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AHEAD: Association for Higher Education Access & Disability
AHEAD: Association for Higher Education Access & Disability
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Day 1 Presentations - Video

Below you can find all of the presentations which took place on day one of the conference. Click the drop downs to view the videos.

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Breakout Session 1

 Creating a 'ripple effect' to embed inclusive practices

Paddy Turner  (Sheffield Hallam University and NADP)
Following a successful inclusive transformation of a single module that created a ripple effect of change, this presentation will reflect on how this model was reproduced on a larger scale. How can success be measured? Will early adopters really tip the balance?

 Engaging disabled students in strategic projects: two case studies from the Open University

Dr. Chetz Colwell, Kate Lister, Ruth McFarlane, Jitse van Ameijde (Open University UK)
The Open University (UK) will present their approach to engaging disabled students in two related innovative projects: the development of an accessibility policy covering both teaching & learning and support; and an investigation of the language students use to speak about their disability which will inform University terminology.

 The role of the disability coordinator within the UDL framework 

Carla Van Oost, Hanne Vrijsen (VIVES University College), Debbie Van Loo (AP University College), Meggie Verstichele (SIHO)
Two university colleges in Belgium, represented by the disability-coordinators, discuss how the UDL framework is used within their higher education institution. They want to open discussions about how the disability coordinator can play its role as UDL ambassador within the higher education institution.

 Eye Opener - How teacher trainers can coach students during internships taking the diversity of students into account

Katrien Durinck, An Standaert (University College Ghent)
The goal of the Eye Opener project was to support teacher trainers in adequately addressing the diversity of students during their internships. During one year, teacher trainers of different teacher training institutes participated in an inter vision group guided by two process managers. UDL was one of the inspiring frameworks.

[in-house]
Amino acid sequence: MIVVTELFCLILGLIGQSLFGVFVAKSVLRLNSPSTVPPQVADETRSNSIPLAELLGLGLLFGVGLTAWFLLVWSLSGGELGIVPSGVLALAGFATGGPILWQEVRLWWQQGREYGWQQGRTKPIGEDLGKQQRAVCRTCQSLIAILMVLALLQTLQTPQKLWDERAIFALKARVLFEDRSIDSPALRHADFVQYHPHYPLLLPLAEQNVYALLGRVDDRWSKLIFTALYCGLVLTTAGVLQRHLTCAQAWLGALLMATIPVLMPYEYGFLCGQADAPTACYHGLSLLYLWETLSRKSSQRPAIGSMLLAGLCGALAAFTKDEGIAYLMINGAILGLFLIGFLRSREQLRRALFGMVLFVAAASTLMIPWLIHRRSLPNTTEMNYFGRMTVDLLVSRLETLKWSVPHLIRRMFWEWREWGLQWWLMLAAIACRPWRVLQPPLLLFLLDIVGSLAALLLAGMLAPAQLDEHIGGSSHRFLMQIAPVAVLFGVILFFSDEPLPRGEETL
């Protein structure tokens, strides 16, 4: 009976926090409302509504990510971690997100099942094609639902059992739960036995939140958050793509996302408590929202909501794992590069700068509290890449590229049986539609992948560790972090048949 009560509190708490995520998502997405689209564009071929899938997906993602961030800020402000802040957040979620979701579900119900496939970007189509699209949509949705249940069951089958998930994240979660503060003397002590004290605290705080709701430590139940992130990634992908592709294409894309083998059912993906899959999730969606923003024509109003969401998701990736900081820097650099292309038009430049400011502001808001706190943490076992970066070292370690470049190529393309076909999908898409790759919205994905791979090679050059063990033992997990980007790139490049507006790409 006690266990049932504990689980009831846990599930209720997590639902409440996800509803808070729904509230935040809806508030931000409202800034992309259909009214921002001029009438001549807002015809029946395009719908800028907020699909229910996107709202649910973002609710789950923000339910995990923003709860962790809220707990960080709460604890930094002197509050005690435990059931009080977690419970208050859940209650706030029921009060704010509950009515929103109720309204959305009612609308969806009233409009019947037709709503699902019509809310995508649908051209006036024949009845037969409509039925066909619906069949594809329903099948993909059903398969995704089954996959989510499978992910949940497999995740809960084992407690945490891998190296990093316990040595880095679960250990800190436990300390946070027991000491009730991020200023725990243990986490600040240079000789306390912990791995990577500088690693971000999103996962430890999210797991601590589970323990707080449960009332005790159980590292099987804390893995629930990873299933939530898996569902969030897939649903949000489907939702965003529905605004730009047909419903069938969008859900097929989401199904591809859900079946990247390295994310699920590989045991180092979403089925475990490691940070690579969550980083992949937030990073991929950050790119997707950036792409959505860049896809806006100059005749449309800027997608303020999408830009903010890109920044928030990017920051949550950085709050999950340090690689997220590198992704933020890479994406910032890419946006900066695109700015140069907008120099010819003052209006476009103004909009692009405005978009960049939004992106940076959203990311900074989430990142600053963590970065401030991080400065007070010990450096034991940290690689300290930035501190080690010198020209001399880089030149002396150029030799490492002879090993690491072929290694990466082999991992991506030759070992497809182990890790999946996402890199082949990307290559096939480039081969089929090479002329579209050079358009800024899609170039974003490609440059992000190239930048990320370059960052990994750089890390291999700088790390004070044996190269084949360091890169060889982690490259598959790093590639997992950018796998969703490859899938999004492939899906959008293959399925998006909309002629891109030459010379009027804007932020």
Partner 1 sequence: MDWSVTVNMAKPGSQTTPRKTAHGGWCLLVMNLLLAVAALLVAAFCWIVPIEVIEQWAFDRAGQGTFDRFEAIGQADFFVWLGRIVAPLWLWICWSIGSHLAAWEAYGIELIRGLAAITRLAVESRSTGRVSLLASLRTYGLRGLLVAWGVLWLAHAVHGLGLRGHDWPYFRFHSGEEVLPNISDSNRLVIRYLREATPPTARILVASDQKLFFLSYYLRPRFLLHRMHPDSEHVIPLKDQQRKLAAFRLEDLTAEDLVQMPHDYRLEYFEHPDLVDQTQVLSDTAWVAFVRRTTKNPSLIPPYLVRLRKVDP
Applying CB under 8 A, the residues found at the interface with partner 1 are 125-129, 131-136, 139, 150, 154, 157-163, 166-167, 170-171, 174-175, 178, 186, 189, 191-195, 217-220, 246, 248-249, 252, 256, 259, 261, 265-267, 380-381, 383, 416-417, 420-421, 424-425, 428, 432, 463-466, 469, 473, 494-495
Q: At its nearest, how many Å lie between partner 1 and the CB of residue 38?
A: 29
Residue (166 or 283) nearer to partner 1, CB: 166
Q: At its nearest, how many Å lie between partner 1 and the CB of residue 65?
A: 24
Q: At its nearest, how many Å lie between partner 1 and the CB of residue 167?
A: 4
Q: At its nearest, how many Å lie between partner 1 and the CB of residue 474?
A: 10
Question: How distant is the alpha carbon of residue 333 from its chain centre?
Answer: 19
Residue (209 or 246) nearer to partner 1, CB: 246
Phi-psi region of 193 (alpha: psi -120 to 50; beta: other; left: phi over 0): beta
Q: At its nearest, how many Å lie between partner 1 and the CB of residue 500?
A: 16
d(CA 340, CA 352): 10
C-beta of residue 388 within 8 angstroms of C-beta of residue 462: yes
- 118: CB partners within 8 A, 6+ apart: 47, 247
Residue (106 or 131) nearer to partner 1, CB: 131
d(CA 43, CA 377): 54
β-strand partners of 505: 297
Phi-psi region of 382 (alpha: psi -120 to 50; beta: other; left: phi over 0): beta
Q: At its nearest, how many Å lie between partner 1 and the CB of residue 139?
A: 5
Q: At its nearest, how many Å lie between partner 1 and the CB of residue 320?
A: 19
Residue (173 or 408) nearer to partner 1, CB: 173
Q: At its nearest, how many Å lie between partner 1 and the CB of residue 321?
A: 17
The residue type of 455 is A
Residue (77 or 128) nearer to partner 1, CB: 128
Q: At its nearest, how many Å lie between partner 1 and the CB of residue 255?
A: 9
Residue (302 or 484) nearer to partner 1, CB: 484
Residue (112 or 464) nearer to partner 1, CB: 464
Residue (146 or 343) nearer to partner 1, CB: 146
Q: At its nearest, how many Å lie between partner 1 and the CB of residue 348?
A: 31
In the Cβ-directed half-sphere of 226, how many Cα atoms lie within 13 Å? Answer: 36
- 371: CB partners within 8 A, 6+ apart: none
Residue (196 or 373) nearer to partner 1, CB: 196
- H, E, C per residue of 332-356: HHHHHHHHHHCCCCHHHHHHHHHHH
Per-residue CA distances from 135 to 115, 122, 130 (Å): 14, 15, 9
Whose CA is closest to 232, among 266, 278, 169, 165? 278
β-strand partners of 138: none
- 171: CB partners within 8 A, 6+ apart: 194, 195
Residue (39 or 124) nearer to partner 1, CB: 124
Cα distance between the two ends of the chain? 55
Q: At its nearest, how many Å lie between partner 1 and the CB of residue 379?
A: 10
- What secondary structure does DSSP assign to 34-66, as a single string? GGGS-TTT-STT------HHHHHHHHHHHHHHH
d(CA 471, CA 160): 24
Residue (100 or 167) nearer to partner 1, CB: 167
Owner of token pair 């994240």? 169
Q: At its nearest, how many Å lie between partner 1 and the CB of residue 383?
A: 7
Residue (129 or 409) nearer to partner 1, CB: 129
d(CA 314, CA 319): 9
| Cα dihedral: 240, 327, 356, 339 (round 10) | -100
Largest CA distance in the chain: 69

Afternoon Plenary

 Launch of UDLL Guidelines

Kjetil Knarlag (Universell)

 UDL: learning by doing - European examples of Universal Design for Learning

Judith Jansen (Expert centre handicap + studie), Elinor Olausen (Universell)

 Breakout Session 2

 Addressing the ‘Why’ of UDL within the Teaching for Understanding classroom

Dr. Marian McCarthy, Dr. Brian Butler (University College Cork)
Academic staff registered for the Postgraduate Certificate and Diploma in Teaching and Learning in Higher Education at UCC use a Teaching for Understanding approach to research and document their teaching and their students’ learning. This framework is a valuable catalyst for Universal Design for Learning approaches.

 The 2 Way Learning Street – How Mentoring Benefits All

Christel Berg (Lund University)
We apply the maxim “what is necessary for students with disabilities is of benefit to other students” to the concept of mentoring in higher education. Introducing the new agent of change: The chance for mentors to experience and learn from students with disabilities – the two way learning street.

 Embedding Universal Design: Partnerships for Success

Dr. Lisa Padden, Sue Meehan (University College Dublin)
UCD Access & Lifelong Learning have partnered with UCD Teaching & Learning with the aim to embed universal design and inclusivity in the teaching practice across the university. This presentation will outline the facets of the partnership and our current projects. 
UCD Access & Lifelong Learning have partnered with UCD Teaching & Learning with the aim to embed universal design and inclusivity in the teaching practice across the university. This presentation will outline the facets of the partnership and our current projects. 

The Deaf Student Voice: Experiences of Irish Sign Language Interpretation in Higher Education

Caroline McGrotty (AHEAD)
Key findings of recent empirical research which documented the experiences of Deaf students who use Irish Sign Language as their primary language, focusing in particular on how they interacted and worked with interpreters in higher education settings.

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